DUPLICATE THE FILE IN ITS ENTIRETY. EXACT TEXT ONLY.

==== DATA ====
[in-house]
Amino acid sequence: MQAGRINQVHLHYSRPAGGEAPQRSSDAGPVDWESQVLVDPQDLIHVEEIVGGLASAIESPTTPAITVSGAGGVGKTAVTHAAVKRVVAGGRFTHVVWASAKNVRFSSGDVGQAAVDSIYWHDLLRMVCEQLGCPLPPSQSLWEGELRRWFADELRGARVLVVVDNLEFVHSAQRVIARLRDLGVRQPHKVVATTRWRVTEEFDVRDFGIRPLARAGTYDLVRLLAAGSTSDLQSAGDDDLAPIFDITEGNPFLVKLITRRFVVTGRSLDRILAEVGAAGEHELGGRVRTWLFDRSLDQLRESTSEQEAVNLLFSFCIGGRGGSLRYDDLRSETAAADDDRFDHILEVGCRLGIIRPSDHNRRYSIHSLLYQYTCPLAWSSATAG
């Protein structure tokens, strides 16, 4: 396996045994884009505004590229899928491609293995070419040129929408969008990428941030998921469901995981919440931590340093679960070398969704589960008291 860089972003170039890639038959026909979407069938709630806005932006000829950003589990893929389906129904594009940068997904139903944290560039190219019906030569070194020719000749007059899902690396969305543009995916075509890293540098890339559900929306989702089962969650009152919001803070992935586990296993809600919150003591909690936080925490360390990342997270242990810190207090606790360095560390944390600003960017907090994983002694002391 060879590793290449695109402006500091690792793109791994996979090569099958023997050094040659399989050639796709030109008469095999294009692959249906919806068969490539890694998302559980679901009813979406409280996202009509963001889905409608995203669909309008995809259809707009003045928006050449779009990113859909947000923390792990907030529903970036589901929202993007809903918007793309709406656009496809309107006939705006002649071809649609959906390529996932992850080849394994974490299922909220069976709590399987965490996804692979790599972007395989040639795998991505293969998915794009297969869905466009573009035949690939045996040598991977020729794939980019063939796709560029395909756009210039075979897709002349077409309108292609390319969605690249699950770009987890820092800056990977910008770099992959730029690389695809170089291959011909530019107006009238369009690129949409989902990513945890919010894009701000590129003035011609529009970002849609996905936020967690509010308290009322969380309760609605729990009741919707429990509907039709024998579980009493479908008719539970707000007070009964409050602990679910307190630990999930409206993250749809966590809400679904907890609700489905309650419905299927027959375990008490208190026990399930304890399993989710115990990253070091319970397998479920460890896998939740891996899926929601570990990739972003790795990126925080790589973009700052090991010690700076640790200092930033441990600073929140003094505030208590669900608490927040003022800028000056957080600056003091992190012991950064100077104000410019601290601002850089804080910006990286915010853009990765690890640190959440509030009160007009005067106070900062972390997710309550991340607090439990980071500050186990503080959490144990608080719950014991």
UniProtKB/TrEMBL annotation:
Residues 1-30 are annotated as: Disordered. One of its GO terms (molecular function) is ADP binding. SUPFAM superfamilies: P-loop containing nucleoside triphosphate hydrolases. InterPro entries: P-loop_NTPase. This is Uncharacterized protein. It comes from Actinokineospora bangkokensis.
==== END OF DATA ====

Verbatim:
[in-house]
Amino acid sequence: MQAGRINQVHLHYSRPAGGEAPQRSSDAGPVDWESQVLVDPQDLIHVEEIVGGLASAIESPTTPAITVSGAGGVGKTAVTHAAVKRVVAGGRFTHVVWASAKNVRFSSGDVGQAAVDSIYWHDLLRMVCEQLGCPLPPSQSLWEGELRRWFADELRGARVLVVVDNLEFVHSAQRVIARLRDLGVRQPHKVVATTRWRVTEEFDVRDFGIRPLARAGTYDLVRLLAAGSTSDLQSAGDDDLAPIFDITEGNPFLVKLITRRFVVTGRSLDRILAEVGAAGEHELGGRVRTWLFDRSLDQLRESTSEQEAVNLLFSFCIGGRGGSLRYDDLRSETAAADDDRFDHILEVGCRLGIIRPSDHNRRYSIHSLLYQYTCPLAWSSATAG
């Protein structure tokens, strides 16, 4: 396996045994884009505004590229899928491609293995070419040129929408969008990428941030998921469901995981919440931590340093679960070398969704589960008291 860089972003170039890639038959026909979407069938709630806005932006000829950003589990893929389906129904594009940068997904139903944290560039190219019906030569070194020719000749007059899902690396969305543009995916075509890293540098890339559900929306989702089962969650009152919001803070992935586990296993809600919150003591909690936080925490360390990342997270242990810190207090606790360095560390944390600003960017907090994983002694002391 060879590793290449695109402006500091690792793109791994996979090569099958023997050094040659399989050639796709030109008469095999294009692959249906919806068969490539890694998302559980679901009813979406409280996202009509963001889905409608995203669909309008995809259809707009003045928006050449779009990113859909947000923390792990907030529903970036589901929202993007809903918007793309709406656009496809309107006939705006002649071809649609959906390529996932992850080849394994974490299922909220069976709590399987965490996804692979790599972007395989040639795998991505293969998915794009297969869905466009573009035949690939045996040598991977020729794939980019063939796709560029395909756009210039075979897709002349077409309108292609390319969605690249699950770009987890820092800056990977910008770099992959730029690389695809170089291959011909530019107006009238369009690129949409989902990513945890919010894009701000590129003035011609529009970002849609996905936020967690509010308290009322969380309760609605729990009741919707429990509907039709024998579980009493479908008719539970707000007070009964409050602990679910307190630990999930409206993250749809966590809400679904907890609700489905309650419905299927027959375990008490208190026990399930304890399993989710115990990253070091319970397998479920460890896998939740891996899926929601570990990739972003790795990126925080790589973009700052090991010690700076640790200092930033441990600073929140003094505030208590669900608490927040003022800028000056957080600056003091992190012991950064100077104000410019601290601002850089804080910006990286915010853009990765690890640190959440509030009160007009005067106070900062972390997710309550991340607090439990980071500050186990503080959490144990608080719950014991």
UniProtKB/TrEMBL annotation:
Residues 1-30 are annotated as: Disordered. One of its GO terms (molecular function) is ADP binding. SUPFAM superfamilies: P-loop containing nucleoside triphosphate hydrolases. InterPro entries: P-loop_NTPase. This is Uncharacterized protein. It comes from Actinokineospora bangkokensis.